After a long talk with a friend about dreams (hi, D.W.!), I decided to keep a dream diary this month: every morning in October, I’m writing down whatever I remember about my dreams the night before. This is difficult for me, because most of my dreams are intensely visual–the setting and the mood are often what I remember mostly clearly, not the people involved or what we said or did. But I’m noticing that I remember my dreams more clearly already, just from the intention to write them down. And I get really excited about going to sleep every night!
D.W. said that he often dreams about “deepened” or extended versions of real places. He dreams about these places consistently enough that he could draw a map of his “dreamland.” My dreams are almost never set in real places, although they often contain secret passages or “extensions” of places that I know are supposed to be my house (even though the place looks nothing like my “real” house). Sometimes I’ll get a feeling of familiarity in a dream setting, even though I know I’ve never been there in waking life. Is that familiarity a manufactured feeling? Can the brain release a “familiarity” chemical that convinces me I’ve been in this enchanted secret passageway before?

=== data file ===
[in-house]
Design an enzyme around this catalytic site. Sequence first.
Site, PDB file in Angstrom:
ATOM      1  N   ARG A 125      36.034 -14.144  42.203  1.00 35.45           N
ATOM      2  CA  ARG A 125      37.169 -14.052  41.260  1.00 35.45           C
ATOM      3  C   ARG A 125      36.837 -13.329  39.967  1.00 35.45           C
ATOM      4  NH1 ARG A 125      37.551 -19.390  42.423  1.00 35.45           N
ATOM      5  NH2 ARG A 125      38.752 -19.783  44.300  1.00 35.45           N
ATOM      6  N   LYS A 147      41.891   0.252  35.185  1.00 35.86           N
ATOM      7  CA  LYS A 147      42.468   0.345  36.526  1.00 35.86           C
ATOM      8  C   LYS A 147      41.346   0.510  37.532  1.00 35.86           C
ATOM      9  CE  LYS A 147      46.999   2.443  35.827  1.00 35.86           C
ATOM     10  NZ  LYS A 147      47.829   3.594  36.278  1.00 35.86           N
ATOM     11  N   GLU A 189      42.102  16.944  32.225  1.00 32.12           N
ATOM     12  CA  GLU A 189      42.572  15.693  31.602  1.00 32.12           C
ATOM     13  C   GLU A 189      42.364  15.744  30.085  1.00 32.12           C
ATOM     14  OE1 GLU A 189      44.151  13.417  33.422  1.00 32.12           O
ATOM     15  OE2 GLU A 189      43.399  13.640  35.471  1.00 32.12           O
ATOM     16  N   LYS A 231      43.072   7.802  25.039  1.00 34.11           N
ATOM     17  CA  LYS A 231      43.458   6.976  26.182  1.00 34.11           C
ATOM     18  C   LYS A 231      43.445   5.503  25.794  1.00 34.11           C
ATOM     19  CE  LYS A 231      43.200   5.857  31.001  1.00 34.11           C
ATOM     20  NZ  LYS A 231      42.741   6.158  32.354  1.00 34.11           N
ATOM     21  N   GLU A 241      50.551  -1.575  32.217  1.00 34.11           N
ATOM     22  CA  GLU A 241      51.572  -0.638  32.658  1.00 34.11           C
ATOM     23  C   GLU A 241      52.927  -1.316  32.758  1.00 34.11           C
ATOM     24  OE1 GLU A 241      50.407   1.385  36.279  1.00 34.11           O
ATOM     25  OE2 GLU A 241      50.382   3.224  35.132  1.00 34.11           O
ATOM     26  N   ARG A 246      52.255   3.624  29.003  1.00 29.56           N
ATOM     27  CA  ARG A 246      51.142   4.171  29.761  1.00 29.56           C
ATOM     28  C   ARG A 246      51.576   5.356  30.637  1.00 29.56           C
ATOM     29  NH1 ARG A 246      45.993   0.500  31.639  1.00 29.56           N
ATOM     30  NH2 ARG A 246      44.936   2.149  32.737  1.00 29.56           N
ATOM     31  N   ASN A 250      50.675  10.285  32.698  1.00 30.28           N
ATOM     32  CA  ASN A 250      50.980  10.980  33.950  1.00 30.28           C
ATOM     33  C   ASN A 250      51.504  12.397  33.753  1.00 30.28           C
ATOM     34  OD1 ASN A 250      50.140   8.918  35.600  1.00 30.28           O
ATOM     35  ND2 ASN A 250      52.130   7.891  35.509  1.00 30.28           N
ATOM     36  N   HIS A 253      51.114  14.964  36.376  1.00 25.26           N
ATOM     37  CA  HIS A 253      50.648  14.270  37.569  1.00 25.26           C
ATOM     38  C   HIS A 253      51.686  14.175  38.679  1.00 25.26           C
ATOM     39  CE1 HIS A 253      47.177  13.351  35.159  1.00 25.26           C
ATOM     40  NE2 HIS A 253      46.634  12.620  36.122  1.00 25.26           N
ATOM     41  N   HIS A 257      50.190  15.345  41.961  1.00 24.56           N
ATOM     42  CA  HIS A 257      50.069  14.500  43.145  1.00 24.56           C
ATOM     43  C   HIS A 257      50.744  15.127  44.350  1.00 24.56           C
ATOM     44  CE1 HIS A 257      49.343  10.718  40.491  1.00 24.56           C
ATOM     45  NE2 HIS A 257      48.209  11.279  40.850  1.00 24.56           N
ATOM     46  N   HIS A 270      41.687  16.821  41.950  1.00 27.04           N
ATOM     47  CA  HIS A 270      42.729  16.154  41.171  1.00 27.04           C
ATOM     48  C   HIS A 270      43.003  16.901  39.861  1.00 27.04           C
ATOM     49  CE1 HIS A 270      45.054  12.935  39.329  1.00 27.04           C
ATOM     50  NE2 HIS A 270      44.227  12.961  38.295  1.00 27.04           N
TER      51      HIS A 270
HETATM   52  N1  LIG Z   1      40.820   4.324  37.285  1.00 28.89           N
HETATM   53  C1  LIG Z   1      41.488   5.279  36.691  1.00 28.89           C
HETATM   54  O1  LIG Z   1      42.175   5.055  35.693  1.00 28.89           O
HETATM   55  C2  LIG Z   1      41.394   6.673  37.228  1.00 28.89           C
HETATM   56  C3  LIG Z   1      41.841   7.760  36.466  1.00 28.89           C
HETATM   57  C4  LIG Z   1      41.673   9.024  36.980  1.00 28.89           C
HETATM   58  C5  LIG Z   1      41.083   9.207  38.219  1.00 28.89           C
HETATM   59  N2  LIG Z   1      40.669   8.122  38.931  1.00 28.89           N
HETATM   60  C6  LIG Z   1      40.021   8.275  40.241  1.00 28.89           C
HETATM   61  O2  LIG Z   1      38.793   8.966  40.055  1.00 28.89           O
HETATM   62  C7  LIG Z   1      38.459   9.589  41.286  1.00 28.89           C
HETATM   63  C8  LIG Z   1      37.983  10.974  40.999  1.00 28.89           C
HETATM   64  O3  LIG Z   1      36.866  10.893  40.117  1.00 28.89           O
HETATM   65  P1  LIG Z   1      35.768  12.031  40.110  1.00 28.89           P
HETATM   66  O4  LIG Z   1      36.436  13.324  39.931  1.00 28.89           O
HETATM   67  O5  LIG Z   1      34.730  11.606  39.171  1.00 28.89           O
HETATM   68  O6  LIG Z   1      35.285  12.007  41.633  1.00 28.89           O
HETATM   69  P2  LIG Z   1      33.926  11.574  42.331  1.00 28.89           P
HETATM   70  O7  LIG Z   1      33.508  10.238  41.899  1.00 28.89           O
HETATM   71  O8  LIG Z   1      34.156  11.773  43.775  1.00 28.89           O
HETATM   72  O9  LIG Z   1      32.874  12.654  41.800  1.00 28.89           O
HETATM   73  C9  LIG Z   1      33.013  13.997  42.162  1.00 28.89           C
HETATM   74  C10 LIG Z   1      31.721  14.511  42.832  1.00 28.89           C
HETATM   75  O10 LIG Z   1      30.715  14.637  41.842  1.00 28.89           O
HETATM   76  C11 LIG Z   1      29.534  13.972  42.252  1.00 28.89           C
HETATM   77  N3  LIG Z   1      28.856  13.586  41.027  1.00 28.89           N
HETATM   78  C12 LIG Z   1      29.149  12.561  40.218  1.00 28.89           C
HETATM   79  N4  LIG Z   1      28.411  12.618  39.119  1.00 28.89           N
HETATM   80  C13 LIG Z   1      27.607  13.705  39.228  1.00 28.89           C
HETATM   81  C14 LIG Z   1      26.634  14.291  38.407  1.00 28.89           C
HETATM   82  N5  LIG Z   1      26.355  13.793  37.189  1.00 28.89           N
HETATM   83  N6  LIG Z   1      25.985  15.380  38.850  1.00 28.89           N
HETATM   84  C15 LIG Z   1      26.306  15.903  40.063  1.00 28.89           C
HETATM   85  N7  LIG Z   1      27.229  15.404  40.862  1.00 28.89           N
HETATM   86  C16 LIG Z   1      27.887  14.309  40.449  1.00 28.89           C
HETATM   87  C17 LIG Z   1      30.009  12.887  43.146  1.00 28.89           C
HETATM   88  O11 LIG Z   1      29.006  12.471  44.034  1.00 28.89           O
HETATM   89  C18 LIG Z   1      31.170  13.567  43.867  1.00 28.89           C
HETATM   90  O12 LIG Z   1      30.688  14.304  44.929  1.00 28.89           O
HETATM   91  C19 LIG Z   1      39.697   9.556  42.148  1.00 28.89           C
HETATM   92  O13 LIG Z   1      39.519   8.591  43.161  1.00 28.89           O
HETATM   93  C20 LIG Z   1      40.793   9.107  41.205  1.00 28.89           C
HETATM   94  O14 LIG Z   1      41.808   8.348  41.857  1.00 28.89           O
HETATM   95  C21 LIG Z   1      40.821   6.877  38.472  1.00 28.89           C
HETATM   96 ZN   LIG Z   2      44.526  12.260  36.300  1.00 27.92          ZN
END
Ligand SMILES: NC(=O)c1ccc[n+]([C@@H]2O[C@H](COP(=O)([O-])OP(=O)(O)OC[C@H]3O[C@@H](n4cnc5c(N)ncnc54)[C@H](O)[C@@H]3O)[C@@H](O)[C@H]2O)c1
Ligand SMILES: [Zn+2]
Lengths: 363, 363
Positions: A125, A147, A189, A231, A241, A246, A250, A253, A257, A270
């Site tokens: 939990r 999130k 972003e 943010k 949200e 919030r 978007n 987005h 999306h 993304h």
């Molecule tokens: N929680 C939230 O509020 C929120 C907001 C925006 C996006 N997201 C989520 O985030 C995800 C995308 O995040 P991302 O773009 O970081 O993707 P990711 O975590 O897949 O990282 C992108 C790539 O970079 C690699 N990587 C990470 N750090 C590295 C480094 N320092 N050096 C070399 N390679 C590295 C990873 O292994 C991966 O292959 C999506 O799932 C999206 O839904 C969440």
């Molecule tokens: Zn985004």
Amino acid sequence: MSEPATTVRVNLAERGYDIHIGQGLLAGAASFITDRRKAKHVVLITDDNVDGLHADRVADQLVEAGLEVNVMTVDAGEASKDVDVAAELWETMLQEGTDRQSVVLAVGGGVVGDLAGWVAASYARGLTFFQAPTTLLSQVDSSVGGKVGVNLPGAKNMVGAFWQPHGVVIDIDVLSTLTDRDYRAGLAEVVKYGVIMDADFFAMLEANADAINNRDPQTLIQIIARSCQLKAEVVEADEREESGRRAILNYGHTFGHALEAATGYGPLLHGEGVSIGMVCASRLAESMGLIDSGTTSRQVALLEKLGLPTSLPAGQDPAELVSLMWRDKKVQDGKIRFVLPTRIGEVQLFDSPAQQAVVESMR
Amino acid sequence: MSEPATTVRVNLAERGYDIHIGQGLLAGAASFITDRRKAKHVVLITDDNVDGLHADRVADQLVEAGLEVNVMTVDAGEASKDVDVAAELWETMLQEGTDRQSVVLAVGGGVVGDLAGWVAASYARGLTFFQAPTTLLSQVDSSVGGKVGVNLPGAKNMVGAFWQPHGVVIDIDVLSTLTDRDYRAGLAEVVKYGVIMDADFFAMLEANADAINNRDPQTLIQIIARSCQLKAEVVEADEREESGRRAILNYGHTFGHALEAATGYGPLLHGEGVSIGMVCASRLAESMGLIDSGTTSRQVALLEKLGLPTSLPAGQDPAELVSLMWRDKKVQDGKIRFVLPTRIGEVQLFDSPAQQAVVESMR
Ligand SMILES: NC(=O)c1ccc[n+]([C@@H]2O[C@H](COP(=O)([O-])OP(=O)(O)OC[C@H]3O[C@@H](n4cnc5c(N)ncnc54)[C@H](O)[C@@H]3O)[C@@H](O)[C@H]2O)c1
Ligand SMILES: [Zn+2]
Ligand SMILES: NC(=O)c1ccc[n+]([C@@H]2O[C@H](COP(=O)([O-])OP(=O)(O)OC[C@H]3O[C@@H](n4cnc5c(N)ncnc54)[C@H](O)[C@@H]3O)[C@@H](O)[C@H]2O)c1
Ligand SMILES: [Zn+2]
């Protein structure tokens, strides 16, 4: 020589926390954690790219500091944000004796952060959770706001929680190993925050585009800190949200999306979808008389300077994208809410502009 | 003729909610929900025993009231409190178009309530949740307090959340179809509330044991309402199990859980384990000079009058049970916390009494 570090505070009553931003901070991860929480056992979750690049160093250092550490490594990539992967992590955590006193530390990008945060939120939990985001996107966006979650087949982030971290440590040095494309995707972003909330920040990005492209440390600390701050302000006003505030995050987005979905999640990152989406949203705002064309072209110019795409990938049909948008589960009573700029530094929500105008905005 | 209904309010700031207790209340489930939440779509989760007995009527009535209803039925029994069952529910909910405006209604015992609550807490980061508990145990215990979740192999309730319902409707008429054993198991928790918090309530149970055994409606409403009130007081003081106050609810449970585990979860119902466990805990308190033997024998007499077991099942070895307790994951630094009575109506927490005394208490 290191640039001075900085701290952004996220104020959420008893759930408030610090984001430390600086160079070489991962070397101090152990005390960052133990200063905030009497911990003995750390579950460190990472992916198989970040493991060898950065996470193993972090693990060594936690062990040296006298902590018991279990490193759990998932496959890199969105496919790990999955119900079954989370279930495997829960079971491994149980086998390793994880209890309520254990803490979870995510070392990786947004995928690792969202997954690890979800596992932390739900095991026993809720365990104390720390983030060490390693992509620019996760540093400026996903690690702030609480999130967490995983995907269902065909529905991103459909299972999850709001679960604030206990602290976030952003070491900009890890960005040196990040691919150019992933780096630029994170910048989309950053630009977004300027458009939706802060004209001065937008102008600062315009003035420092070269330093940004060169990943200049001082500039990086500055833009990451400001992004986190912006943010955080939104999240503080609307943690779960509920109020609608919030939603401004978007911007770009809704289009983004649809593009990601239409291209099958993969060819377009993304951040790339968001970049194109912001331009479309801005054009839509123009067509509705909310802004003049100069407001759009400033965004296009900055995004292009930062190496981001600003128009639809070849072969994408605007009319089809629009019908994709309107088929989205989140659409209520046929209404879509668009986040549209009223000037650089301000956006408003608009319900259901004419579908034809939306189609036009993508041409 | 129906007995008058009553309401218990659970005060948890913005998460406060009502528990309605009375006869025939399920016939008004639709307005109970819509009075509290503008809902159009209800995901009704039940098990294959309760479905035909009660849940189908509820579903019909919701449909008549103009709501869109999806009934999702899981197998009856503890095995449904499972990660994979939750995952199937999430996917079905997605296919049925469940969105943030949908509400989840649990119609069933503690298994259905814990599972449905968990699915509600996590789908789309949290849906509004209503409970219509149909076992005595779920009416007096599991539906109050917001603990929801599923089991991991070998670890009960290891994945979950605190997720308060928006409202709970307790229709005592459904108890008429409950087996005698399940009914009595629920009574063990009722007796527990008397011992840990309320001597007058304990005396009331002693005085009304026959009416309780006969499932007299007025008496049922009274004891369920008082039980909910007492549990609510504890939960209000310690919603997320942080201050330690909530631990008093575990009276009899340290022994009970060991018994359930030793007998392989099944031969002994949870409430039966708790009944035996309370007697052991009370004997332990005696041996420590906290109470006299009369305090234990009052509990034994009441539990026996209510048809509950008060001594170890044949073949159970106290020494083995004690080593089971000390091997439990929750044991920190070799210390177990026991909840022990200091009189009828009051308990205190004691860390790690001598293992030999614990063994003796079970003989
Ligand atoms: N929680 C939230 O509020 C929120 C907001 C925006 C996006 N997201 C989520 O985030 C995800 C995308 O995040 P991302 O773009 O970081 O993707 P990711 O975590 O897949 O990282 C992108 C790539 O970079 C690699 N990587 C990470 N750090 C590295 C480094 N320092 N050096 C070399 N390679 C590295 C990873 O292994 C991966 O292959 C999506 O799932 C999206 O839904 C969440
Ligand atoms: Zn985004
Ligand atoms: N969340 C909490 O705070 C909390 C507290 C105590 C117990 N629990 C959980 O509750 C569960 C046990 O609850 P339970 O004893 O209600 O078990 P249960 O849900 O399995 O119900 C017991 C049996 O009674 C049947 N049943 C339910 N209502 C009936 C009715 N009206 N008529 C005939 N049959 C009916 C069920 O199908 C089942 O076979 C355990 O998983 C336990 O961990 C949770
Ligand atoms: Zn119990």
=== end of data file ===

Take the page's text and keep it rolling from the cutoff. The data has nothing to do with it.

I’m going to skip over some of my more, er, Freudian dreams, since I know my mom reads this blog (hi, Mom!)–and I also know that listening to someone’s long, rambling dreams is right below “going to the dentist” on most people’s list of super-exciting activities.